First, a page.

Psychology Specialist

If your child has symptoms of difficulty concentrating, impulsiveness and hyperactivity, it is likely she or he will be referred for an evaluation. The diagnosis of ADHD can be unreliable. A minimum gold standard evaluation would include:

  • rating forms filled out by both parents and teachers
  • medical exam ruling out vision/hearing other health problems
  • thorough interview ruling out alternative explanations
  • Determination of "clinically significant" impairment in functioning

A child who doesn't get enough sleep would have many of the same symptoms of ADHD. A child who has major stressors such as parents divorcing would also predictably see changes in attention and behavior. If your child is going through puberty - that would also explain changes in attention in behavior!

In addition, it has to be shown that your child has an impairment in functioning. This means that if your kids is getting B's in school and has an average IQ, they are doing quite well and would not be considered to have an impairment in functioning. Sometimes parents think if a child is not getting A's that should be an impairment -- but it is not.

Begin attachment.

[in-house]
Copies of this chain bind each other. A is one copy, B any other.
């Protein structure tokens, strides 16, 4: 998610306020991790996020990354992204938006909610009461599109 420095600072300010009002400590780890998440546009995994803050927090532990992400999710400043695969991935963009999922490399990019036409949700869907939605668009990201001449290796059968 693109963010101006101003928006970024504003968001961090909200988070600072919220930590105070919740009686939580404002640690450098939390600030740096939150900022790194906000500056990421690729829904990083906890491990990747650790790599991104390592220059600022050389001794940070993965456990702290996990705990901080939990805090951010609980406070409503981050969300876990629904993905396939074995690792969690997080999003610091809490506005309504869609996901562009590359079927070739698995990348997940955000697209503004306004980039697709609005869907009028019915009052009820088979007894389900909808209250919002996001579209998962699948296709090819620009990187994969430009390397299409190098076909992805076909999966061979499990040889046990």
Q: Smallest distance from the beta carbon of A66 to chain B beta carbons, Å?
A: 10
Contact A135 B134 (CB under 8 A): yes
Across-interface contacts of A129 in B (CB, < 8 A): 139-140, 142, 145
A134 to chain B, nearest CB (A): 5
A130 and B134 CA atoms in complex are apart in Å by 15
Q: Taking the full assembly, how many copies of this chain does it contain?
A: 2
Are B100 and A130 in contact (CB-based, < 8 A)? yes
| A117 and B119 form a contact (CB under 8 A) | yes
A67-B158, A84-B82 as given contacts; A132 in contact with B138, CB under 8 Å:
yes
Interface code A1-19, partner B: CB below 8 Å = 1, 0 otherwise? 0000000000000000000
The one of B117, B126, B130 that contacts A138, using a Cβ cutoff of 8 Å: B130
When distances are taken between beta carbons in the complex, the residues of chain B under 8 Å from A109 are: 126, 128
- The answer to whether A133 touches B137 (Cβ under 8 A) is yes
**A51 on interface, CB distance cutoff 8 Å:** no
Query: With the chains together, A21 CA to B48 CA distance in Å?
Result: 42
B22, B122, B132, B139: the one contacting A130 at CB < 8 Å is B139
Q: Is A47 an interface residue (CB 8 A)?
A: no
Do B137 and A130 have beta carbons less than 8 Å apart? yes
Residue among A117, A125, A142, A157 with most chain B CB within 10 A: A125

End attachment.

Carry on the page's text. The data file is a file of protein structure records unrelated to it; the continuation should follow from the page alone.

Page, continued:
In some cases, I recommend that families and children get 12 sessions of psychotherapy BEFORE getting an evaluation. This allows a therapist to separate the "signal" from the "noise". This means that if poor attention is caused by stress, or lack of sleep or other causes that could be solved, you might prevent your child from getting a miss-diagnosis. After the therapy, the evaluation should be completed by someone other than the therapist.

Remember, many kids have some of the problems of ADHD some of the time. Remember also, that the diagnosis of ADHD is a mental disorder. It is not a trait, a learning style, a temperament. I often conduct evaluations to find that a child or adult has many symptoms of ADHD, but that these symptoms are caused by other factors and do not result in a clinically significant impairment in functioning. It might be helpful to think of ADHD type symptoms as existing on a continuum.